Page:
Tips To Draft Your Own Brand Rep Agreement

So you’ve created a brand. You’re making sales. You had an “influencer” reach out to you about becoming a brand rep. You think it’s a great exchange to have someone post photos of themselves in your items to their followers in exchange for free clothes. You hold up your end of the bargain and send them clothes. Then they GHOST you! Maybe they got busy, take forever to respond to your messages, and then you realize you just gave away free clothes (jewelry or other products). OR maybe they post subpar photos.. maybe they don’t post as often as you’d like. Either way, you’re not getting what you wanted.

Sound familiar? This situation is all too familiar with small brands these days. You give the “influencer” the benefit of the doubt, and you don’t think there’s a need for a formal contract. 

Now you feel like brand reps are a lost cause and don’t provide any value in return. This is not the case. Brand reps can be a highly valuable asset to your company. You just have to make sure you have the correct protections in place. This is where the Brand Rep Agreement comes in place!

If you’re a DIYer, you will find important tips for drafting the agreement below!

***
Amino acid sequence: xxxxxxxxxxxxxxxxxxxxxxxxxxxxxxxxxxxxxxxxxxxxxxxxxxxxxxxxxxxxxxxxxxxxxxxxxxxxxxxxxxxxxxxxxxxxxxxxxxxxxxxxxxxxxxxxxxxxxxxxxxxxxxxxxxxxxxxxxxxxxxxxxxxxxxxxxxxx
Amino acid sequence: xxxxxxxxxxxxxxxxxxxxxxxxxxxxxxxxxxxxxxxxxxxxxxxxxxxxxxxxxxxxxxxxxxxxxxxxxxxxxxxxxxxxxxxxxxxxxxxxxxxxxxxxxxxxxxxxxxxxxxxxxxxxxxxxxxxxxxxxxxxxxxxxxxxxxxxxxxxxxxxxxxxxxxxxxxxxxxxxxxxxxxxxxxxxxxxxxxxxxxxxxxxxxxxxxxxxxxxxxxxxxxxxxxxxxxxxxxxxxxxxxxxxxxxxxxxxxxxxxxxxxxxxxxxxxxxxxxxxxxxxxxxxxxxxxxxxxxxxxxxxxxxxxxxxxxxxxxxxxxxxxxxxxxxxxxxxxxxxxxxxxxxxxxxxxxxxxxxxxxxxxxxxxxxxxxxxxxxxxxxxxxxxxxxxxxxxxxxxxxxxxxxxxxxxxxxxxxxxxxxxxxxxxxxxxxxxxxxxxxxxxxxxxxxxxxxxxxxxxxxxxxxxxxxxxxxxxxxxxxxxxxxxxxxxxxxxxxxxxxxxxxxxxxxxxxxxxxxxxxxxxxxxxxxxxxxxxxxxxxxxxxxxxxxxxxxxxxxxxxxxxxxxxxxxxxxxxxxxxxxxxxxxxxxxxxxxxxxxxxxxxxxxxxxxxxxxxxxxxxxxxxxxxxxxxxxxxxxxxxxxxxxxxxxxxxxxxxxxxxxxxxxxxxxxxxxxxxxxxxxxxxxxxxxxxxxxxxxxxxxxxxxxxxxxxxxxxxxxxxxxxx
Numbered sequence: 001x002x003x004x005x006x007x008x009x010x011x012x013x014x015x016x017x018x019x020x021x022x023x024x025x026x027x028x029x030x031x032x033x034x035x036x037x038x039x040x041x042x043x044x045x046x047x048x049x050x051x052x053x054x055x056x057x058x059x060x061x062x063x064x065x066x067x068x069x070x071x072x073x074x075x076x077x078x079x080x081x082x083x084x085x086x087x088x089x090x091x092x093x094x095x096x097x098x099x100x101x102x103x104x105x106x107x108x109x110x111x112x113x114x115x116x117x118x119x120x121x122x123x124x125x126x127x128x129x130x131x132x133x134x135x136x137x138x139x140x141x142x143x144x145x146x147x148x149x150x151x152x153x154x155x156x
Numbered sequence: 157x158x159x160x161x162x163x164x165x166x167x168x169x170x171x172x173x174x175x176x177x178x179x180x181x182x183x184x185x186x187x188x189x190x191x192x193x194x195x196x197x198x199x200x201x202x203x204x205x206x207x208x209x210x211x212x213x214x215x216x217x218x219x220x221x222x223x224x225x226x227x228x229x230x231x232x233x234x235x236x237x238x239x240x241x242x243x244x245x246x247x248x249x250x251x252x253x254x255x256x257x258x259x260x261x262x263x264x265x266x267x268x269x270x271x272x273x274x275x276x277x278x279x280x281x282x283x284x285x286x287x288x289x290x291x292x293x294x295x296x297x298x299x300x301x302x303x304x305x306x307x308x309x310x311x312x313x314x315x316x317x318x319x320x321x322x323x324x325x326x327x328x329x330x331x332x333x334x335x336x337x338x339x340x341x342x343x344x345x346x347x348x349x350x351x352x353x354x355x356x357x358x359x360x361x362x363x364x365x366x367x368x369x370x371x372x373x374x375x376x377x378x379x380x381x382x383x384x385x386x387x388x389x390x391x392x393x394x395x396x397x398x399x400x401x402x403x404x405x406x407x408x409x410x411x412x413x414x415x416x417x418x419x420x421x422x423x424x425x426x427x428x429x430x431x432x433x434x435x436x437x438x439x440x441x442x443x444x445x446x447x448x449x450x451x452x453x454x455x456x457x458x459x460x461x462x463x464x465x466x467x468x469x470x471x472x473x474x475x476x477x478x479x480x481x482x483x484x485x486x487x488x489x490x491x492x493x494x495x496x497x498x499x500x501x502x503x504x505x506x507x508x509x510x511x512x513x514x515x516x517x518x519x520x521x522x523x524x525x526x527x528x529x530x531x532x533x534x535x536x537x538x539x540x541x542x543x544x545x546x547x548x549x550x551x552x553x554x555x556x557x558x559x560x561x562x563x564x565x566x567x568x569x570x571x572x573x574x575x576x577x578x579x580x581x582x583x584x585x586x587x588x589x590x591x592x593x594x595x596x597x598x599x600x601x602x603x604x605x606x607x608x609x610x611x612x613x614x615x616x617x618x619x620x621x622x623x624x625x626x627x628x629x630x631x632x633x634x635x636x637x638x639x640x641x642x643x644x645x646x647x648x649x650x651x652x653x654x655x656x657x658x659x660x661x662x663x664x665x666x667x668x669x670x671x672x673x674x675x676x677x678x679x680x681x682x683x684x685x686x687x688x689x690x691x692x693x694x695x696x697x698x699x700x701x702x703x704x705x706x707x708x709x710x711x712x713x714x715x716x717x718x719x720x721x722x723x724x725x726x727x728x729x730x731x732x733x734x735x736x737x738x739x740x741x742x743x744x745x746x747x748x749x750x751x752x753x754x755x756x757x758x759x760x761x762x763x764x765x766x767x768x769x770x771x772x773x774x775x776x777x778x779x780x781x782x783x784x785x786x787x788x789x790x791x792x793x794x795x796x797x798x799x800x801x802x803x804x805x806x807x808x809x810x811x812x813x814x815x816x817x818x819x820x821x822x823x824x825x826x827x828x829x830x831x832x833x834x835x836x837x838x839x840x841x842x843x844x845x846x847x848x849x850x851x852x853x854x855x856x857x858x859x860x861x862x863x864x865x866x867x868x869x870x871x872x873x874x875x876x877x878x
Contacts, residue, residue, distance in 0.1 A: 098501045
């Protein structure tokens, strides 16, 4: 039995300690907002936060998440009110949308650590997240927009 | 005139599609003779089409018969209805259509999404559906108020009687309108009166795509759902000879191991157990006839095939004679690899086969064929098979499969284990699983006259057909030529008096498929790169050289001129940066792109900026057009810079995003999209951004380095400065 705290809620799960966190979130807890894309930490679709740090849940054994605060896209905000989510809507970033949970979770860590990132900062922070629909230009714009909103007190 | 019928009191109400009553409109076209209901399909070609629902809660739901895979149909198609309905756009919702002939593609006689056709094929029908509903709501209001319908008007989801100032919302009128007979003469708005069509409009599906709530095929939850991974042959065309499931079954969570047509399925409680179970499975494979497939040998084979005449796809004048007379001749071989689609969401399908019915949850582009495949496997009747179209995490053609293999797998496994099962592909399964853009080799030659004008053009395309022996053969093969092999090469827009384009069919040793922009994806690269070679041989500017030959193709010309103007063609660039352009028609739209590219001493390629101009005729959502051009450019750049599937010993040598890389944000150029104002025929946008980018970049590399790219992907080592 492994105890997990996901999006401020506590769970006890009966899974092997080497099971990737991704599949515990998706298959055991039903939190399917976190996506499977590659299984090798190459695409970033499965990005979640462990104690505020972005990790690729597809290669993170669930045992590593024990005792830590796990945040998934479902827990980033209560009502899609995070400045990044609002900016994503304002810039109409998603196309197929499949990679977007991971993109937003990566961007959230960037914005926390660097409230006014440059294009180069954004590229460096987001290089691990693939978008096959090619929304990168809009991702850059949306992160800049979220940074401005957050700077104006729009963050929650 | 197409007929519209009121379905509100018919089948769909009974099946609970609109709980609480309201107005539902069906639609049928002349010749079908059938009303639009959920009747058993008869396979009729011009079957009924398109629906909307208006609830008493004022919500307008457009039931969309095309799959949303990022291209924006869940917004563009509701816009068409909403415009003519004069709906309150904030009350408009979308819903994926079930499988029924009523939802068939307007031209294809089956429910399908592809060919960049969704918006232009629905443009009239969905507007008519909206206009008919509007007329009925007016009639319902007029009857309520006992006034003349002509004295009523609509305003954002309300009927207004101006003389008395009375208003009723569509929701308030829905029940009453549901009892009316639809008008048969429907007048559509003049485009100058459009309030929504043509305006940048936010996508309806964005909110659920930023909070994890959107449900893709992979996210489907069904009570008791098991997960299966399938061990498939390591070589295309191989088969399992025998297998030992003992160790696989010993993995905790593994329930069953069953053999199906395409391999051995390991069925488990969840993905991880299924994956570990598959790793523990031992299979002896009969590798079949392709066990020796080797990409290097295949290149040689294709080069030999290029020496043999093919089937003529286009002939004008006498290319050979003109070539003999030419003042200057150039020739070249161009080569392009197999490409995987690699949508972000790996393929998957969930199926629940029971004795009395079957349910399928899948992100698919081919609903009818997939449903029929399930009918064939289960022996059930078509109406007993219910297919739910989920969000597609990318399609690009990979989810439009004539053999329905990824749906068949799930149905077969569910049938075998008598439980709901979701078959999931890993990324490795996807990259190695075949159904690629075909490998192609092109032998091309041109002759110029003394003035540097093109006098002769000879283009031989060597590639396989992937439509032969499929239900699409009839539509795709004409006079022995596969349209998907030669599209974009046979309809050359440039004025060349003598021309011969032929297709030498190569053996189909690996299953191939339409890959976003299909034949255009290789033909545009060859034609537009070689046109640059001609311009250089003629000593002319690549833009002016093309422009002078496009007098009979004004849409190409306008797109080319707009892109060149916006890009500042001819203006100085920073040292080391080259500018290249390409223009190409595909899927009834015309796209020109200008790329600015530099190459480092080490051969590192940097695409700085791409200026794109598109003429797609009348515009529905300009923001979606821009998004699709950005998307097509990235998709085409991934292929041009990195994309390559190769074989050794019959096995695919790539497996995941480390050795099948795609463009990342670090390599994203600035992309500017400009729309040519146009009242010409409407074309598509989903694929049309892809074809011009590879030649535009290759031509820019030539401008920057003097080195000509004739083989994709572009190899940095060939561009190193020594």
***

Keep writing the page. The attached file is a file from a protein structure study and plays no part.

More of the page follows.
1.    Make them sign the agreement! Even if it’s an electronic signature, do yourself a favor, and make the brand rep sign the document. Signing their name will give a more official feel to the whole situation. 

2.    Set out photo expectations. Your expectations may seem obvious to you, but you don’t want to leave any room for error. For example, if you want styled photos and not flat lays, spell that out in the agreement. Don’t just tell the brand rep you want styled photos. Tell your brand rep flat lays are not allowed. 

3.    Give a specific number of required photos. I’ve seen brand rep contracts require 5-8 photos/month. But that’s it. No timeline. No specifics. If you really want 8 photos and not less, then state 8 photos. If you want to make sure not all of the photos are posted in one day or one week, lay out weekly requirements (2 photos each week).

4.    Reserve your rights to use the photos. Let’s face it, some brand reps will have better photos than others, and some brand reps may have better photos than your own! You will have to reserve that right in the agreement to guarantee your right to use those photos in your own advertising! 

There are a number of subjects I touch on when discussing brand rep requirements with my clients, but the 4 topics covered here are some of the biggest issues owners face when not having a formal agreement in place. 

It is highly suggested to work with a legal professional to draft your contracts. I understand you may want to save money by DIY. However, how much money do you really save if you continue giving clothes away without getting anything in return? It’s time to officially protect your brand!

Brand Rep Agreements start at $99 at andreasager.com. 

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